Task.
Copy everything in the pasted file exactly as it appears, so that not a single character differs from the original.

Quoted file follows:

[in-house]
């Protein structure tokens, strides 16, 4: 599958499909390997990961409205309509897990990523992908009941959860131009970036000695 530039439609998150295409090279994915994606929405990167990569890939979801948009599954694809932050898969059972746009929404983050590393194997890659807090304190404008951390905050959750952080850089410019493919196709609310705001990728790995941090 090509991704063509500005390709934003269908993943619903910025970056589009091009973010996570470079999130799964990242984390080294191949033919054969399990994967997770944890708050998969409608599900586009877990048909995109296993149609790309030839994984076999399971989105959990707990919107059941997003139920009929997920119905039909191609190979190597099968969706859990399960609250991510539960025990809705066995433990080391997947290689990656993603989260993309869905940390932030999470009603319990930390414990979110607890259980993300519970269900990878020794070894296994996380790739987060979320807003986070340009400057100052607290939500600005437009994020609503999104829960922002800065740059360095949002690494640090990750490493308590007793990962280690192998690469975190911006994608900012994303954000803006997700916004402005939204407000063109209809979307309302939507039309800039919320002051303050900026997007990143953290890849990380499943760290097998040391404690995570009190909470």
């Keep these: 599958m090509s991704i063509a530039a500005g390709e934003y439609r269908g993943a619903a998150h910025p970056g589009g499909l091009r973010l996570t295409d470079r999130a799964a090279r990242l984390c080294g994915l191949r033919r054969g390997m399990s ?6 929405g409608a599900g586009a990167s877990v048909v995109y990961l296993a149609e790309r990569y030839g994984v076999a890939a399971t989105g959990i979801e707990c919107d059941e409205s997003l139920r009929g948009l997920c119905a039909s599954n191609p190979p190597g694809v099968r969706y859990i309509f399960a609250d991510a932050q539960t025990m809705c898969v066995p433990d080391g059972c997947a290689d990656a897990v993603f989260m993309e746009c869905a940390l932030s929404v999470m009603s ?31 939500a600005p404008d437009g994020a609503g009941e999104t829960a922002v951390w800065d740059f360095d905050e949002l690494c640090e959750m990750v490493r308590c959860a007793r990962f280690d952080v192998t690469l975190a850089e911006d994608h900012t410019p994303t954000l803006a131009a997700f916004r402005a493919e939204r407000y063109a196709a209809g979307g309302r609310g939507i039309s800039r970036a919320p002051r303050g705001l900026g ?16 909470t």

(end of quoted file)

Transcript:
[in-house]
């Protein structure tokens, strides 16, 4: 599958499909390997990961409205309509897990990523992908009941959860131009970036000695 530039439609998150295409090279994915994606929405990167990569890939979801948009599954694809932050898969059972746009929404983050590393194997890659807090304190404008951390905050959750952080850089410019493919196709609310705001990728790995941090 090509991704063509500005390709934003269908993943619903910025970056589009091009973010996570470079999130799964990242984390080294191949033919054969399990994967997770944890708050998969409608599900586009877990048909995109296993149609790309030839994984076999399971989105959990707990919107059941997003139920009929997920119905039909191609190979190597099968969706859990399960609250991510539960025990809705066995433990080391997947290689990656993603989260993309869905940390932030999470009603319990930390414990979110607890259980993300519970269900990878020794070894296994996380790739987060979320807003986070340009400057100052607290939500600005437009994020609503999104829960922002800065740059360095949002690494640090990750490493308590007793990962280690192998690469975190911006994608900012994303954000803006997700916004402005939204407000063109209809979307309302939507039309800039919320002051303050900026997007990143953290890849990380499943760290097998040391404690995570009190909470």
């Keep these: 599958m090509s991704i063509a530039a500005g390709e934003y439609r269908g993943a619903a998150h910025p970056g589009g499909l091009r973010l996570t295409d470079r999130a799964a090279r990242l984390c080294g994915l191949r033919r054969g390997m399990s ?6 929405g409608a599900g586009a990167s877990v048909v995109y990961l296993a149609e790309r990569y030839g994984v076999a890939a399971t989105g959990i979801e707990c919107d059941e409205s997003l139920r009929g948009l997920c119905a039909s599954n191609p190979p190597g694809v099968r969706y859990i309509f399960a609250d991510a932050q539960t025990m809705c898969v066995p433990d080391g059972c997947a290689d990656a897990v993603f989260m993309e746009c869905a940390l932030s929404v999470m009603s ?31 939500a600005p404008d437009g994020a609503g009941e999104t829960a922002v951390w800065d740059f360095d905050e949002l690494c640090e959750m990750v490493r308590c959860a007793r990962f280690d952080v192998t690469l975190a850089e911006d994608h900012t410019p994303t954000l803006a131009a997700f916004r402005a493919e939204r407000y063109a196709a209809g979307g309302r609310g939507i039309s800039r970036a919320p002051r303050g705001l900026g ?16 909470t």